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Mechanistic Study of Catalytic Partial Oxidation of Cellulose in Aqueous Solutions
Chemical and Materials Engineering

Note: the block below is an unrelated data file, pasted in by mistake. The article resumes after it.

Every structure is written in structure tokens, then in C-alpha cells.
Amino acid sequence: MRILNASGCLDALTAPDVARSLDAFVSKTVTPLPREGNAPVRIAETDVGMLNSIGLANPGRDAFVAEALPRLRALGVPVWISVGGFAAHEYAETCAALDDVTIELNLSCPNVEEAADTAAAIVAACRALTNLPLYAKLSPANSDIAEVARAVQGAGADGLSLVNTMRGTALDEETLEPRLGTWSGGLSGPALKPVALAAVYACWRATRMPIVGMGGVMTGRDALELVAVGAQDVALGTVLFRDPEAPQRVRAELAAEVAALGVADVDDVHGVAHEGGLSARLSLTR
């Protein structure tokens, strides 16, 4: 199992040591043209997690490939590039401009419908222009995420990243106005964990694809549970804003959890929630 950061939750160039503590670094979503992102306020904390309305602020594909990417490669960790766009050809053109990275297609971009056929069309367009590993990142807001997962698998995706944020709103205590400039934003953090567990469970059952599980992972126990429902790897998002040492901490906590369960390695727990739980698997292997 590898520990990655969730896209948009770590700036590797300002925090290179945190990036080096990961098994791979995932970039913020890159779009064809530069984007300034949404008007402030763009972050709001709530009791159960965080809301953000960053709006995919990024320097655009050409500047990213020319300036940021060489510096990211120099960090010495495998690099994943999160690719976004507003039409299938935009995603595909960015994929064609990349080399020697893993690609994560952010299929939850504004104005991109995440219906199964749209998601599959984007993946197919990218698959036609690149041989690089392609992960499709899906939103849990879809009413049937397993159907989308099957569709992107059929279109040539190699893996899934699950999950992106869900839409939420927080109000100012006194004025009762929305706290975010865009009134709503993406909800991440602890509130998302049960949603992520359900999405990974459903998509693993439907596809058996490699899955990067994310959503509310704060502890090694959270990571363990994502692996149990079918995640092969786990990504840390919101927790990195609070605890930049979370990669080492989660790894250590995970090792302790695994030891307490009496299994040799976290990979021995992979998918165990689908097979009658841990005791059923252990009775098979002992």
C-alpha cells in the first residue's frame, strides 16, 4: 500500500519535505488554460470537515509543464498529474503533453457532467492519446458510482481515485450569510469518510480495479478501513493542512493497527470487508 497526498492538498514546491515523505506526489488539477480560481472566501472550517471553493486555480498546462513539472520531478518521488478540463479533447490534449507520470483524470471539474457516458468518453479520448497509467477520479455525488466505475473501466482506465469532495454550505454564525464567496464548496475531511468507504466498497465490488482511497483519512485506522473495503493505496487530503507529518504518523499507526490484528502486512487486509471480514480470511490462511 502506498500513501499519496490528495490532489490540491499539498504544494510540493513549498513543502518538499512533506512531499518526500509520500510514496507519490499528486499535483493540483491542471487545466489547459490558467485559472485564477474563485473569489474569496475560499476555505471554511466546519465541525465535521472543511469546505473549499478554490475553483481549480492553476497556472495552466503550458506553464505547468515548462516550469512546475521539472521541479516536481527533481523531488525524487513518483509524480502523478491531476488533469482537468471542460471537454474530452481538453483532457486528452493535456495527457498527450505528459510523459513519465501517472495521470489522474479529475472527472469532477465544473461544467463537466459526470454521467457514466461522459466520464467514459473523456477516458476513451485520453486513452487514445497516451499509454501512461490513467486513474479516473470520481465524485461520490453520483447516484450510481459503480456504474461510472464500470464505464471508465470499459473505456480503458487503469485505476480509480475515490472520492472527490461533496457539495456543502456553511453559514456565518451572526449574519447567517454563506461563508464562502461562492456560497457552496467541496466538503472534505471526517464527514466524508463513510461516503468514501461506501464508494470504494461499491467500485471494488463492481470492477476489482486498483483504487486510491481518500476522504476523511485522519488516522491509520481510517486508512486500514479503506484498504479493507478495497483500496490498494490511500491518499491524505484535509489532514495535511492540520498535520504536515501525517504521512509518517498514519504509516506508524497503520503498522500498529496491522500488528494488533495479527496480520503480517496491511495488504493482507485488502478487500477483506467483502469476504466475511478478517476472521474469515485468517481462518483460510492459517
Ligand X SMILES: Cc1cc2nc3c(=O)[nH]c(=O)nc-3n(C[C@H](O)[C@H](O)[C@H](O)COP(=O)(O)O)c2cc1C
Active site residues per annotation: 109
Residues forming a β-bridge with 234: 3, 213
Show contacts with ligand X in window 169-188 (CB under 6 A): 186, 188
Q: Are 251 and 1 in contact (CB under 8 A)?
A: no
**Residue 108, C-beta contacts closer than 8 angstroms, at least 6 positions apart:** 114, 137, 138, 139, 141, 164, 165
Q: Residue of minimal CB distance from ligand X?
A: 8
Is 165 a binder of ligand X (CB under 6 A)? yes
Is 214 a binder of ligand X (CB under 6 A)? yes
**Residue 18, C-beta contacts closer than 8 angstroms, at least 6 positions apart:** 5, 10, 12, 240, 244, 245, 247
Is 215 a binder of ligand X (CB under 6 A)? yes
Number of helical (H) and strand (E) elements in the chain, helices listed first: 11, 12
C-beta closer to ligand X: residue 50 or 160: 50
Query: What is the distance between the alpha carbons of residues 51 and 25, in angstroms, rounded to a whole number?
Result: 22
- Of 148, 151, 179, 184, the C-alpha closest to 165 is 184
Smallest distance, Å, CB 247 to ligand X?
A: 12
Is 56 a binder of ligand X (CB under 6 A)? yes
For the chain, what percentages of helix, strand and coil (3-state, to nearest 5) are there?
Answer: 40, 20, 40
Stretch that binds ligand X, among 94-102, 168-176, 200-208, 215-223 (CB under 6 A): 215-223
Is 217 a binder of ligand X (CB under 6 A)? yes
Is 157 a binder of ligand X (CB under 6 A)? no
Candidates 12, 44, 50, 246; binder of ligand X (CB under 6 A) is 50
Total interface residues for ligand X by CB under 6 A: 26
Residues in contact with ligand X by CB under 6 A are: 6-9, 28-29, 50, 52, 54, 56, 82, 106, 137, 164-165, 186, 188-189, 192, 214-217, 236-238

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Biomass, the only sustainable source of organic carbon, is regarded as an ideal renewable energy source to replace fossil fuels, chemicals and carbon-based materials from petroleum. Lignocellulosic biomass is the platform building block for hydrocarbon advanced biofuels. Cellulose is the most abundant component in green plants and is considered to be a good feedstock to produce various biomass-derived chemicals and fuels. Through aqueous phase conversion method, such as in high pressure and high temperature water, this solid biomass can be converted into carboxylic acids that can be further upgraded to fuels and chemicals. Levulinic acid, a short chain fatty acid, is a versatile platform chemical with numerous potential applications, such as hydrocarbon liquid fuels or valeric esters as fuel additives, as well as a variety of chemicals. There are a number of approaches have been studied for the synthesis of levulinic acid from cellulose. The most accepted synthesis method of levulinic acid is the acid-catalyzed hydrolysis of cellulose using sulfuric acid. It is not suitable to use homogenous acid catalyst to produce high yields of levulinic acid on the industrial scale because of both the high cost on equipment and environment impacts. Heterogeneous catalysis shows excellent activity and selectivity for the oxidation of carbohydrates. The development of heterogeneous catalysts with high activity is necessary. Our group developed a new approach, aqueous phase partial oxidation (APPO), using heterogeneous catalyst to deconstruct cellulose directly into organic acid products. Among different kinds of solid acid catalysts, such as noble metal loaded metal oxides and metal oxides with acid or base properties, zirconium oxide, ZrO2 (surface area 108 m2g-1), showed the best catalytic effects and gave the highest yield of levulinic acid (50%) at 240 ºC and 2.8% O2 partial pressure. This result is the highest reported levulinic acid (LA) yield directly converted form cellulose by a heterogeneous catalyst, to the best of our knowledge.This thesis aims to further investigate the detailed mechanism of this APPO reaction. The new APPO conversion pathway compared with the conventional acid hydrolysis way. The identification of reaction intermediate, the generation of superoxide radicals and the effects of different reaction conditions were studied.